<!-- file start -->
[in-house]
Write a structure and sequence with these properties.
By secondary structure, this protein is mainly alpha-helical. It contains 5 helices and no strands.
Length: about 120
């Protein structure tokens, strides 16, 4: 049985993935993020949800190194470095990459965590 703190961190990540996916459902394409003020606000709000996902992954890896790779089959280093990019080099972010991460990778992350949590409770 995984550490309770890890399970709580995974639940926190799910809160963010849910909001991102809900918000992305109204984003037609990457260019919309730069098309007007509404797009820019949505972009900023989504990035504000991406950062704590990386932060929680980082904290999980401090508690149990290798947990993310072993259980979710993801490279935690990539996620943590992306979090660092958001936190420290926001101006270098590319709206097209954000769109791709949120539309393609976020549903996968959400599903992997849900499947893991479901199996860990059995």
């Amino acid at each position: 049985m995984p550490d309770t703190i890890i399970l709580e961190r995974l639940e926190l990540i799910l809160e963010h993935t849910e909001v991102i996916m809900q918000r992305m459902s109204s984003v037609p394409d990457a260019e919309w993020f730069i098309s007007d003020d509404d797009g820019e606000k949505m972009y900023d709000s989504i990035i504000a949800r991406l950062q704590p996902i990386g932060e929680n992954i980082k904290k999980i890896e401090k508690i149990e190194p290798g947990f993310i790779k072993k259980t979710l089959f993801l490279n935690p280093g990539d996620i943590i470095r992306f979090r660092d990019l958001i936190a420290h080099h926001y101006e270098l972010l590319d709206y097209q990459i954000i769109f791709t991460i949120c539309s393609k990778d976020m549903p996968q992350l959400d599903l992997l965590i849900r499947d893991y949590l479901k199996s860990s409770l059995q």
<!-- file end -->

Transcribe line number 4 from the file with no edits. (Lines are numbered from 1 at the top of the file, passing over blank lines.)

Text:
Length: about 120